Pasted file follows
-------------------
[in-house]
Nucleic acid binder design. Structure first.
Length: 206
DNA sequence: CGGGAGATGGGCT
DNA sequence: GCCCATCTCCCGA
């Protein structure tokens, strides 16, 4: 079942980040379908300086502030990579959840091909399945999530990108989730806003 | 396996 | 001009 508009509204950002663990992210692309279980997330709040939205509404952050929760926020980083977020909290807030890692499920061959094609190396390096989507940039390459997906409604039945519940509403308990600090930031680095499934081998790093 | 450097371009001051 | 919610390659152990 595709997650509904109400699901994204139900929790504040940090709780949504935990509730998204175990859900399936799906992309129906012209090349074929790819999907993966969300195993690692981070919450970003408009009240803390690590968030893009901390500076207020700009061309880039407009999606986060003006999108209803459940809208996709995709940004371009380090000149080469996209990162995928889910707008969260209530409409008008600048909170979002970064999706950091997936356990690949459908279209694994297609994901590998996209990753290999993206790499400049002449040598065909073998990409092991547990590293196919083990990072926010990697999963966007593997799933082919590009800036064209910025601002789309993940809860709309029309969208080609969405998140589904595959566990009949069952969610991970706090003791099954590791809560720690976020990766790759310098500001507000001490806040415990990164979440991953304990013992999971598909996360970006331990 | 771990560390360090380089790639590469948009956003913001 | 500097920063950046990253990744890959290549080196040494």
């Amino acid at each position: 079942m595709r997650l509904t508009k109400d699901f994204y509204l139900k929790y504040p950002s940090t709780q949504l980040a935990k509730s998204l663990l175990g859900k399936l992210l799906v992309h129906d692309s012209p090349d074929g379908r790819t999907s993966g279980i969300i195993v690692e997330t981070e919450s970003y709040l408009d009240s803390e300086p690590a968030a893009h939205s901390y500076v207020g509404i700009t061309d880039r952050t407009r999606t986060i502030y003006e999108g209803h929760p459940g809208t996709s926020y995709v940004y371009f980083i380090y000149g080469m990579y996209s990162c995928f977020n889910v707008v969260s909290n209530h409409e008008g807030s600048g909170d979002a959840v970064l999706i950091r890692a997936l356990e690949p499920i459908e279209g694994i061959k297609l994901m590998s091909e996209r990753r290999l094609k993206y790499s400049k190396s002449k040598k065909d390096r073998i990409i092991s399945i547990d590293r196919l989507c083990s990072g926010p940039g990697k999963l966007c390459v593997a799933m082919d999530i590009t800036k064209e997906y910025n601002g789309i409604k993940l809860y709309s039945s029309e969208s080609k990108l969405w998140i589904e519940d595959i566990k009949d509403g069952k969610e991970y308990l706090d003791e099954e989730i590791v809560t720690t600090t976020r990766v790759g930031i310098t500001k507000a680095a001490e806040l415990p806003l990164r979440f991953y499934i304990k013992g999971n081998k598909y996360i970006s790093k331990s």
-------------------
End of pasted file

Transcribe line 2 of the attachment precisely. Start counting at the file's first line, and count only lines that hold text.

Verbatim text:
Nucleic acid binder design. Structure first.